Tuesday Spews Music News Day


Newsy News

  • U2 are planning Ireland’s first skyscraper, which they will call “The U2 Tower.” The nearly 400-foot structure will be designed by Norman Foster; the band’s new studios will occupy the building’s peak. Doesn’t this sound like a cartoon? Will they have superpowers? Presumably to help fund this venture, the band are releasing special 20th-anniversary editions of The Joshua Tree next month. That was 20 years ago? Ugh.

  • J Dilla fans are being asked to support Lupus research by joining the Alliance for Lupus Research’s walkathons. The events, set to take place later this month in cities around the U.S., will feature “J Dilla Project teams.” The ground-breaking hip-hop producer died from the disease in 2006.

  • Relive the magic that was Live Earth with a CD/DVD package out November 20th from Warner Brothers, and a digital version hitting the intertubes two weeks earlier. Free Nobel Prize with purchase.

  • Rapper Nas has caused a bit of a stir by announcing he will call his next album, ahem, Nigga. The LP is set for a December release. The New York artist told MTV he’d planned to use the title for his last album, but instead decided on Hip-Hop Is Dead.
  • One More Thing

    And it's a big one. Mother Jones is launching a new Corruption Project to do deep, time-intensive reporting on the corruption that is both the cause and result of the crisis in our democracy.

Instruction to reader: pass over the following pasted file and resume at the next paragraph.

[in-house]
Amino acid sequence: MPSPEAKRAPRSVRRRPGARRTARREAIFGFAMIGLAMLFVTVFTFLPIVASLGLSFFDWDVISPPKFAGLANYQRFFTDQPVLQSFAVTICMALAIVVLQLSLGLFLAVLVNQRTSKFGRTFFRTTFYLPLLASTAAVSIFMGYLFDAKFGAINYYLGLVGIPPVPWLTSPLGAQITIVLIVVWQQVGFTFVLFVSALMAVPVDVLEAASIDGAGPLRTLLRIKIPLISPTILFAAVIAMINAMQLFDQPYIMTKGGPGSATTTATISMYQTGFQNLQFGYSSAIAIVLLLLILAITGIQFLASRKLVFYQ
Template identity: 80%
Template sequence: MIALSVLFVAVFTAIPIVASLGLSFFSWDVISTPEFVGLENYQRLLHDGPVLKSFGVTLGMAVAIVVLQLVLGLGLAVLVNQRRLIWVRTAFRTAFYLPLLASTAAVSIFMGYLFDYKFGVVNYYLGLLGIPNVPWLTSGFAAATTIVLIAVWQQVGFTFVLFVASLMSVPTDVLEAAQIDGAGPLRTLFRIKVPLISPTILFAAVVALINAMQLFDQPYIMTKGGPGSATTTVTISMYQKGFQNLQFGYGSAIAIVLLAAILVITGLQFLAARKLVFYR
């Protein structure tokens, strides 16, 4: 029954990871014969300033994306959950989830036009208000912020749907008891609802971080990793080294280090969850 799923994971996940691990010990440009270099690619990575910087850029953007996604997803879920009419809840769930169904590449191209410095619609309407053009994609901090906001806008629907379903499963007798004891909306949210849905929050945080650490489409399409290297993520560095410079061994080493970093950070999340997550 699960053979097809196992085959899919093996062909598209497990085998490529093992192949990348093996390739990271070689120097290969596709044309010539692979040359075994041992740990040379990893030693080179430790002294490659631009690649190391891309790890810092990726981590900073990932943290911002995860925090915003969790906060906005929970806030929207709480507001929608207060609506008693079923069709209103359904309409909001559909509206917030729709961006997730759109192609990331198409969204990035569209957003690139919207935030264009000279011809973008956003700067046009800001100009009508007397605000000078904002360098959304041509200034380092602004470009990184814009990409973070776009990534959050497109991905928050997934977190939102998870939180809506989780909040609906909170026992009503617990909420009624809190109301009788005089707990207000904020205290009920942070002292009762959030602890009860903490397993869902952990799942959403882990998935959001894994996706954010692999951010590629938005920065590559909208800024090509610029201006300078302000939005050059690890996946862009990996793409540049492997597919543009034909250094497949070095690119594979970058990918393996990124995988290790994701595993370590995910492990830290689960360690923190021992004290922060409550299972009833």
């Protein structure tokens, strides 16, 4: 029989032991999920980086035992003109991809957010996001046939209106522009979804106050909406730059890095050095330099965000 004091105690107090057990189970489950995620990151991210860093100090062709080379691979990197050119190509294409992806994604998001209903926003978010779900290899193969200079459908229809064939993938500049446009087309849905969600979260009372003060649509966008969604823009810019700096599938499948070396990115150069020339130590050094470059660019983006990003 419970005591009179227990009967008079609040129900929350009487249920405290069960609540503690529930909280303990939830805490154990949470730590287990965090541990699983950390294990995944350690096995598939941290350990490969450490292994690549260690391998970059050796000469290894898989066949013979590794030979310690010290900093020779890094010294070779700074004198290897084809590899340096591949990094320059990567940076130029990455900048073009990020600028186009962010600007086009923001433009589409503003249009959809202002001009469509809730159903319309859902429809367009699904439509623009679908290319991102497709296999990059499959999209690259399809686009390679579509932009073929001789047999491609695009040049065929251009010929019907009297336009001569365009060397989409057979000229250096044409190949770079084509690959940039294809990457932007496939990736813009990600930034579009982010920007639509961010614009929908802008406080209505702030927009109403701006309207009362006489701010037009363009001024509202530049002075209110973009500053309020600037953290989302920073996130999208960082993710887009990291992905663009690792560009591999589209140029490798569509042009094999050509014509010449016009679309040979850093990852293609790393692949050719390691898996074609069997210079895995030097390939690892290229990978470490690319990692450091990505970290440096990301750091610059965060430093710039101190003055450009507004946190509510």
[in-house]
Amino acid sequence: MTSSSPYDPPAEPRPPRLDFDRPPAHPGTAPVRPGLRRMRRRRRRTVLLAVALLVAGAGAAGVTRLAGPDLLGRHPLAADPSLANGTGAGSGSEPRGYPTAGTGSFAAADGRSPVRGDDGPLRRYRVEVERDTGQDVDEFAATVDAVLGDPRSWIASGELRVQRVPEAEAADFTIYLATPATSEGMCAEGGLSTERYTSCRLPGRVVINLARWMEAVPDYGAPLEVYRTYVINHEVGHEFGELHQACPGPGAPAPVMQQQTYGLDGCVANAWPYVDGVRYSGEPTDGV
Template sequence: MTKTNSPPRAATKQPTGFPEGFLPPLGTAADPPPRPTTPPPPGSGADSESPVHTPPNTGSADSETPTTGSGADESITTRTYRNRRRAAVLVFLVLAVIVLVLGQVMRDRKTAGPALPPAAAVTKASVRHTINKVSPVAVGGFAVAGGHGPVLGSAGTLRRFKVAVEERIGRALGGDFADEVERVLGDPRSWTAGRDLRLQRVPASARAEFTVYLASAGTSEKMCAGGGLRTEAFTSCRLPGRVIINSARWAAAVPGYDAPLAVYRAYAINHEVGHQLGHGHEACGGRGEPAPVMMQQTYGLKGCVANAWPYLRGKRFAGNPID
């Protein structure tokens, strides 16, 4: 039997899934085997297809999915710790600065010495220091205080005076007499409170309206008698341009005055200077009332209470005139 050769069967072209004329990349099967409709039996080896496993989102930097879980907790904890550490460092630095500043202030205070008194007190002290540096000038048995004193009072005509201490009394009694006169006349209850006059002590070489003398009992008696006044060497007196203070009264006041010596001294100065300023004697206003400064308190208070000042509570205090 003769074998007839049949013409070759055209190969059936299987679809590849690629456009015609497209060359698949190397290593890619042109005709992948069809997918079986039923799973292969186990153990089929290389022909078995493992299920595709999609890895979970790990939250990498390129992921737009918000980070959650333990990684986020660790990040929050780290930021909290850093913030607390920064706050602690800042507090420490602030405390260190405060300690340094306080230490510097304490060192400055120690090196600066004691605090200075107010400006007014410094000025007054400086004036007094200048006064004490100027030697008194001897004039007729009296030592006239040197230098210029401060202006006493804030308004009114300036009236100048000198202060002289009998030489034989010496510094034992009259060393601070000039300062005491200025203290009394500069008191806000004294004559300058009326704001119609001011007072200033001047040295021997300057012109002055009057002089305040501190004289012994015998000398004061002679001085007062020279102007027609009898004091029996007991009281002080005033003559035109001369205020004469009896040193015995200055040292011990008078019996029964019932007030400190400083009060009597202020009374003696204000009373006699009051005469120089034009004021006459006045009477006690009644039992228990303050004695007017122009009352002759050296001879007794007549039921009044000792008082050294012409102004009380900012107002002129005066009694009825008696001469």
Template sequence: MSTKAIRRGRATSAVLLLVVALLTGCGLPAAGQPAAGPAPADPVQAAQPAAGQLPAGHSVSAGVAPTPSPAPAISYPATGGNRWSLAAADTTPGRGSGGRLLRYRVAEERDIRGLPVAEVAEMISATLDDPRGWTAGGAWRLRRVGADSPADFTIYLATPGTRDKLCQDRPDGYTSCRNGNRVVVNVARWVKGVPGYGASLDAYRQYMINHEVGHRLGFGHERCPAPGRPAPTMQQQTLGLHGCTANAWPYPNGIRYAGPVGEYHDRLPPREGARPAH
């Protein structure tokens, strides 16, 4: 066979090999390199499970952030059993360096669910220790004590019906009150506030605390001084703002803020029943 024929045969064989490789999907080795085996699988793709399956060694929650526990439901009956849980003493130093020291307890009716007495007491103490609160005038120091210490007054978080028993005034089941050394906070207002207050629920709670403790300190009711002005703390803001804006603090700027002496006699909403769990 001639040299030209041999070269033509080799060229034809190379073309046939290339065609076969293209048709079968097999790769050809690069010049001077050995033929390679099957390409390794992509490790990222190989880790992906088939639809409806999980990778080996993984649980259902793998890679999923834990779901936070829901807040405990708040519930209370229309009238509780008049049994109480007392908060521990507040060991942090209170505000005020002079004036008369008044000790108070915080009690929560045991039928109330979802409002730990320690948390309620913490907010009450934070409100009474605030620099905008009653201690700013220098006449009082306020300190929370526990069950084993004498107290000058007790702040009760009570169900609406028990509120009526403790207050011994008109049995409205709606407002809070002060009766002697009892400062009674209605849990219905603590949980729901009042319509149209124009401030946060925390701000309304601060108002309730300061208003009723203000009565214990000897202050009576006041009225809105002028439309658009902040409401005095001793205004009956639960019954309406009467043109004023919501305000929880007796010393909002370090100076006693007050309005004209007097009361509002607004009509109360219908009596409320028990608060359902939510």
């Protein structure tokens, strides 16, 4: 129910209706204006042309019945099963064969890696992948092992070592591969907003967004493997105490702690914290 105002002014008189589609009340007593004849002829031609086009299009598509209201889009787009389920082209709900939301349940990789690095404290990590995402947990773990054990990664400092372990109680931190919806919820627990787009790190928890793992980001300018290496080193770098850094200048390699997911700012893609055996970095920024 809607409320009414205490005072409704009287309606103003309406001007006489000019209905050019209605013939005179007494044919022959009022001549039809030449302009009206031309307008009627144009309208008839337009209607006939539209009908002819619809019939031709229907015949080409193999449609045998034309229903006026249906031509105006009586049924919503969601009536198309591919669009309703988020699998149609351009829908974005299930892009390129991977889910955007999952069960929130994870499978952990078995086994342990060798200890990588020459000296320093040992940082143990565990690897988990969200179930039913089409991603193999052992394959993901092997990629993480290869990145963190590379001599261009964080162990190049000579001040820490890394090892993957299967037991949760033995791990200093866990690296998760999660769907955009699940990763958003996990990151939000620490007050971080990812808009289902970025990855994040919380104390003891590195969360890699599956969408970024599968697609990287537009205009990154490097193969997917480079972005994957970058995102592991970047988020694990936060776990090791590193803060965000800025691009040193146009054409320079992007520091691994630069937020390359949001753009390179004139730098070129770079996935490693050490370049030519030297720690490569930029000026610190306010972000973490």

The more we thought about how Mother Jones can have the most impact right now, the more we realized that so many stories come down to corruption: People with wealth and power putting their interests first—and often getting away with it.

    Our goal is to understand how we got here and how we might get out. We're aiming to create a reporting position dedicated to uncovering corruption, build a team, and let them investigate for a year—publishing our stories in a concerted window: a special issue of our magazine, video and podcast series, and a dedicated online portal so they don't get lost in the daily deluge of headlines and breaking news.

    We want to go all in, and we've got seed funding to get started—but we're looking to raise $500,000 in donations this spring so we can go even bigger. You can read about why we think this project is what the moment demands and what we hope to accomplish—and if you like how it sounds, please help us go big with a tax-deductible donation today.

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